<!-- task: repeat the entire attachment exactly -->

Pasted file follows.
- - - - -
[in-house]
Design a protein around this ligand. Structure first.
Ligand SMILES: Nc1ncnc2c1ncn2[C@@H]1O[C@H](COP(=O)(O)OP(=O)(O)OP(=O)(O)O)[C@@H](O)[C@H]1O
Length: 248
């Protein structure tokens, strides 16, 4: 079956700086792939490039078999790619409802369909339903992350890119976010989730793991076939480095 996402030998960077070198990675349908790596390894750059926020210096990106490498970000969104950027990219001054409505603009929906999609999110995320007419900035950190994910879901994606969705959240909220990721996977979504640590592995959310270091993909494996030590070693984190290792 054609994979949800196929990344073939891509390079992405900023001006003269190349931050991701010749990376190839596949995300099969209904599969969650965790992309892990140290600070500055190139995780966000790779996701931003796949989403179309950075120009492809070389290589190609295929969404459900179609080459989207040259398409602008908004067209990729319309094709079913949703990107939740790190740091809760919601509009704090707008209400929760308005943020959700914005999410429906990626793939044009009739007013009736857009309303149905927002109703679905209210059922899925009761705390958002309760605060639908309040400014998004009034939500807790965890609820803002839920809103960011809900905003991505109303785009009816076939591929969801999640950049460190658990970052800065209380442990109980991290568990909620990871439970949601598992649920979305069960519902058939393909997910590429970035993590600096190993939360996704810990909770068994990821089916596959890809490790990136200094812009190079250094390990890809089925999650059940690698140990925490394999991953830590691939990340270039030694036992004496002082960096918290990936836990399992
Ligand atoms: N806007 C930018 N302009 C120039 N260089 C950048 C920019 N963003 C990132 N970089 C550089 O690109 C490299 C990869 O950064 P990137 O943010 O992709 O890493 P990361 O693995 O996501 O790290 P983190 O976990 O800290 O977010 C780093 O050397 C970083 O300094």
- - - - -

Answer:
[in-house]
Design a protein around this ligand. Structure first.
Ligand SMILES: Nc1ncnc2c1ncn2[C@@H]1O[C@H](COP(=O)(O)OP(=O)(O)OP(=O)(O)O)[C@@H](O)[C@H]1O
Length: 248
């Protein structure tokens, strides 16, 4: 079956700086792939490039078999790619409802369909339903992350890119976010989730793991076939480095 996402030998960077070198990675349908790596390894750059926020210096990106490498970000969104950027990219001054409505603009929906999609999110995320007419900035950190994910879901994606969705959240909220990721996977979504640590592995959310270091993909494996030590070693984190290792 054609994979949800196929990344073939891509390079992405900023001006003269190349931050991701010749990376190839596949995300099969209904599969969650965790992309892990140290600070500055190139995780966000790779996701931003796949989403179309950075120009492809070389290589190609295929969404459900179609080459989207040259398409602008908004067209990729319309094709079913949703990107939740790190740091809760919601509009704090707008209400929760308005943020959700914005999410429906990626793939044009009739007013009736857009309303149905927002109703679905209210059922899925009761705390958002309760605060639908309040400014998004009034939500807790965890609820803002839920809103960011809900905003991505109303785009009816076939591929969801999640950049460190658990970052800065209380442990109980991290568990909620990871439970949601598992649920979305069960519902058939393909997910590429970035993590600096190993939360996704810990909770068994990821089916596959890809490790990136200094812009190079250094390990890809089925999650059940690698140990925490394999991953830590691939990340270039030694036992004496002082960096918290990936836990399992
Ligand atoms: N806007 C930018 N302009 C120039 N260089 C950048 C920019 N963003 C990132 N970089 C550089 O690109 C490299 C990869 O950064 P990137 O943010 O992709 O890493 P990361 O693995 O996501 O790290 P983190 O976990 O800290 O977010 C780093 O050397 C970083 O300094």